It’s been at least 25 years since I read Shirley Jackson’s classic We Have Always Lived in the Castle. But it’s the kind of book that sticks in your mind.
I won’t say much about the plot, other than that it deals with the three surviving members of the Blackwood family: Merricat, a practicing witch, her elder sister Constance, who has not left their home for six years, and their deranged Uncle Julian. All three live in a large house, far from the neighboring village. Not so very long ago there were seven members of the family — until someone put a fatal dose of arsenic in the sugar bowl one night. Constance was acquitted of the murders and returned home, where her sister Merricat protects her from the sneers and curiosity of the townspeople. Their days pass in quiet isolation… until a new danger appears, in the shape of their mysterious cousin Charles.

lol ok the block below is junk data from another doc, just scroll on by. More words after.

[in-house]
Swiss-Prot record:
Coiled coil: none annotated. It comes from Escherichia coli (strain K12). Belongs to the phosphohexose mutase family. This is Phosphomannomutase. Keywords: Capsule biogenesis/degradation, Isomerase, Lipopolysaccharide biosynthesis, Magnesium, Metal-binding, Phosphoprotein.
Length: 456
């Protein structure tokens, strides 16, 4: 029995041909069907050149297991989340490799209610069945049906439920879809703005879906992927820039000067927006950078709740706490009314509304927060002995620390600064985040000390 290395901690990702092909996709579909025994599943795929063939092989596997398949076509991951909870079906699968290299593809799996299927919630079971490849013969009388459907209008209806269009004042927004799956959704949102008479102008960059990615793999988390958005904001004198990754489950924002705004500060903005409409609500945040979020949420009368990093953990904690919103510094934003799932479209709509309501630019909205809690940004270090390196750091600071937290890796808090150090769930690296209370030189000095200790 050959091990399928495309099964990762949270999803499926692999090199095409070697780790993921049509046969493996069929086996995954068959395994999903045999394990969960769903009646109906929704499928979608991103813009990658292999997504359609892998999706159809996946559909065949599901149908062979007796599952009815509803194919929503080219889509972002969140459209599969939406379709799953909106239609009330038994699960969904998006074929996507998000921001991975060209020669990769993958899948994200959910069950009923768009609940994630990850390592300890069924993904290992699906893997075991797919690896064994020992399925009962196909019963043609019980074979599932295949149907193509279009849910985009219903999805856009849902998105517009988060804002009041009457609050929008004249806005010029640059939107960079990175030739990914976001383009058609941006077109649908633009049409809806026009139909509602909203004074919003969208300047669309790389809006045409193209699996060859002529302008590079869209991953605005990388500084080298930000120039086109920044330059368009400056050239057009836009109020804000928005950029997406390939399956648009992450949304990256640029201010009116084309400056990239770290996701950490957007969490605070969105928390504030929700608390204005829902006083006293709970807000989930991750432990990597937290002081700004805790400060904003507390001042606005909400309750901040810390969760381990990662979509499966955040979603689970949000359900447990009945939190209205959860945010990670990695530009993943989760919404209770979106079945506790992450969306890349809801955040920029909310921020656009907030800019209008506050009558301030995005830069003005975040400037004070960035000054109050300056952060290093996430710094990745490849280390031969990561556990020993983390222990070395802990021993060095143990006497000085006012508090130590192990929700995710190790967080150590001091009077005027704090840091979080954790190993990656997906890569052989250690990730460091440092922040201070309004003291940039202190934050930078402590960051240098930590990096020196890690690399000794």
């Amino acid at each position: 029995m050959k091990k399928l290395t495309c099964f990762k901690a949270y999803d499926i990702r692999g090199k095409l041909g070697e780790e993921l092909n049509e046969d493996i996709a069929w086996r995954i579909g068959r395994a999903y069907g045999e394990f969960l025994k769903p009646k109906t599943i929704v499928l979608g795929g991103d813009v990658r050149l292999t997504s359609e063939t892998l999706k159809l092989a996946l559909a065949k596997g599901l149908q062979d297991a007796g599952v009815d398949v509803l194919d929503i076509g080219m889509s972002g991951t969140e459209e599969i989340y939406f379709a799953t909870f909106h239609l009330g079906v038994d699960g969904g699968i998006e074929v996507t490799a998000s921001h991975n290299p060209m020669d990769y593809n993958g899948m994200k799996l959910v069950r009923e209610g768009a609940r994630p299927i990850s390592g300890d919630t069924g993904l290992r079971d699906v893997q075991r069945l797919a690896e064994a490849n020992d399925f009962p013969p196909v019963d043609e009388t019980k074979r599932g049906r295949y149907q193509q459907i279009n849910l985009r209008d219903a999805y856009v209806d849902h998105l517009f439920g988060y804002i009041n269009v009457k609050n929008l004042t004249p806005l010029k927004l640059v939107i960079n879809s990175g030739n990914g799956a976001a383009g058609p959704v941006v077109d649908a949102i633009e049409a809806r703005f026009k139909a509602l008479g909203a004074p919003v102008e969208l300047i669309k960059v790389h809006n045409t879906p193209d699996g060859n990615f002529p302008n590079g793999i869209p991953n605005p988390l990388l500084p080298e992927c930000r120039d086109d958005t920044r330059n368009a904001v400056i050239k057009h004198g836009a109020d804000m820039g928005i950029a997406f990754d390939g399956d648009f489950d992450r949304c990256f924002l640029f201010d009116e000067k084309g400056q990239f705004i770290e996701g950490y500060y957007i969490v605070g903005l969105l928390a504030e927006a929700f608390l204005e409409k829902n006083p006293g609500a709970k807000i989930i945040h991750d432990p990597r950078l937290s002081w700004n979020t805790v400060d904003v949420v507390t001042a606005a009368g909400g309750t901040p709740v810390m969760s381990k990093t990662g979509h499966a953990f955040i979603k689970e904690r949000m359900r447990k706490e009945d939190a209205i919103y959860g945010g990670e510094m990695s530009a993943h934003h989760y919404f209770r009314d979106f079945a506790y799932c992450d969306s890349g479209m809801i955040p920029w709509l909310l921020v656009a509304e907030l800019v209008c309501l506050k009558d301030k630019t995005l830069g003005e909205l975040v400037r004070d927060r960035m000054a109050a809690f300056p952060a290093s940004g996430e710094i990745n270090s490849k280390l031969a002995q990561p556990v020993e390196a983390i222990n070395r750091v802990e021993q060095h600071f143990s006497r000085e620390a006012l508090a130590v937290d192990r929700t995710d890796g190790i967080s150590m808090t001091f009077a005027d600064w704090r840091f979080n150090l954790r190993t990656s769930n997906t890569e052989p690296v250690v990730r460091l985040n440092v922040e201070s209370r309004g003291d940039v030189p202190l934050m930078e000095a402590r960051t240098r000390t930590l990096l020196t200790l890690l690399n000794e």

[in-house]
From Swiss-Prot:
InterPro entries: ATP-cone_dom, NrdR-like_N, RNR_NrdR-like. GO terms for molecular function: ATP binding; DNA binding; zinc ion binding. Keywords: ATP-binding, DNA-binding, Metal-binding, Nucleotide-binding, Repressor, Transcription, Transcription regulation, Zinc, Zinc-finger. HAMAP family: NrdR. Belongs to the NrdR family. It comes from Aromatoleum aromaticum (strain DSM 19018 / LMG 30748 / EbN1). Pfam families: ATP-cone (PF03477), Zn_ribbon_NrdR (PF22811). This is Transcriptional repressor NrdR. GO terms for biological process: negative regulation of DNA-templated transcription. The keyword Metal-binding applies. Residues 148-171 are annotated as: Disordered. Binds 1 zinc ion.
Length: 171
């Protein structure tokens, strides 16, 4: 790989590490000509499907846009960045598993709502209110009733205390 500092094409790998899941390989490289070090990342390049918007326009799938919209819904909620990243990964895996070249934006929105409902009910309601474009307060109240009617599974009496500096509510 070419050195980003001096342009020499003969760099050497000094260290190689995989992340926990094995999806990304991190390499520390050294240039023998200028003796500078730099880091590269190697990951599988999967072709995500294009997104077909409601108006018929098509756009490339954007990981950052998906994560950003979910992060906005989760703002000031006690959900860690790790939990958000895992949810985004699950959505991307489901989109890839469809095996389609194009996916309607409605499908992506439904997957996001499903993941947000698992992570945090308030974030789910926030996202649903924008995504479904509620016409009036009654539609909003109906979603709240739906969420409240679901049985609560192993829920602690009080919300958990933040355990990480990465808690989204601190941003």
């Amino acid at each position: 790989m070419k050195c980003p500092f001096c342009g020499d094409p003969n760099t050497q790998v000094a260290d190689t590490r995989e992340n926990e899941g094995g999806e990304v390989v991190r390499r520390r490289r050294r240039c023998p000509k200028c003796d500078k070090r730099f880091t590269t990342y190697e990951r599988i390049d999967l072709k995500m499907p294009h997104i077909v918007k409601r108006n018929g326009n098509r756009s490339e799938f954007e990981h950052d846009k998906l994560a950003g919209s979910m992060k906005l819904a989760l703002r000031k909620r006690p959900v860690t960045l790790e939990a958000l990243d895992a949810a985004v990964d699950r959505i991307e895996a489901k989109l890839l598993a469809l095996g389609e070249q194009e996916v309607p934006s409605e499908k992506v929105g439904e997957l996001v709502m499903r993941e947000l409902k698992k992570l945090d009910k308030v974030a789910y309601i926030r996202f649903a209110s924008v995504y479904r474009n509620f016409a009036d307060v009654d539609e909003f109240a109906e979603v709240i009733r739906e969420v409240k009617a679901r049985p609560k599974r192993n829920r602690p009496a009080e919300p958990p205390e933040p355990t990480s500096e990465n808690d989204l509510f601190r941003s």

We Have Always Lived in the Castle is one of the most famous examples of “Southern Gothic,” and one of works that made Shirley Jackson famous. It was published three years before her death. There have been over a dozen editions, but my favorite is the 1963 paperback above, with the gorgeous and spooky cover by William Teason. You can usually find copies available online for under $10.
We Have Always Lived in the Castle was published in hardcover by The Viking Press in 1962, and reprinted in paperback by Popular Library in October 1963. The paperback is 173 pages, priced at sixty cents.